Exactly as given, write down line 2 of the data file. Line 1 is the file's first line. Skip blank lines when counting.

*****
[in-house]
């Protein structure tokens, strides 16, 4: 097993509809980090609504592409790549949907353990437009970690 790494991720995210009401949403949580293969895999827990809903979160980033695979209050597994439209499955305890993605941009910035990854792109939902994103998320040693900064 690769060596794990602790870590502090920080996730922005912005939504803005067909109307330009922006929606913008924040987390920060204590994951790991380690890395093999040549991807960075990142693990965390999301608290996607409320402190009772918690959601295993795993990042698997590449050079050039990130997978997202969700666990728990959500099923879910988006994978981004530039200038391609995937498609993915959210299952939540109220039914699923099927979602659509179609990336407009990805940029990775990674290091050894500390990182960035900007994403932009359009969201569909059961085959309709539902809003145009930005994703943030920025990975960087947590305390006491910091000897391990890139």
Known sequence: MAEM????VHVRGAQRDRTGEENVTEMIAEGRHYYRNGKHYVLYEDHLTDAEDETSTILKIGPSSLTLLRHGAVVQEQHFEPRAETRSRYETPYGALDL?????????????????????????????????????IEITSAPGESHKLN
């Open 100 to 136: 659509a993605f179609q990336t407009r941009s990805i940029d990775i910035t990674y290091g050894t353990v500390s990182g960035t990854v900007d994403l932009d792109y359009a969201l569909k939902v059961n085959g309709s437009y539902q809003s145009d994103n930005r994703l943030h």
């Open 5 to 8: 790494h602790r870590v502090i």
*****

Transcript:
């Protein structure tokens, strides 16, 4: 097993509809980090609504592409790549949907353990437009970690 790494991720995210009401949403949580293969895999827990809903979160980033695979209050597994439209499955305890993605941009910035990854792109939902994103998320040693900064 690769060596794990602790870590502090920080996730922005912005939504803005067909109307330009922006929606913008924040987390920060204590994951790991380690890395093999040549991807960075990142693990965390999301608290996607409320402190009772918690959601295993795993990042698997590449050079050039990130997978997202969700666990728990959500099923879910988006994978981004530039200038391609995937498609993915959210299952939540109220039914699923099927979602659509179609990336407009990805940029990775990674290091050894500390990182960035900007994403932009359009969201569909059961085959309709539902809003145009930005994703943030920025990975960087947590305390006491910091000897391990890139």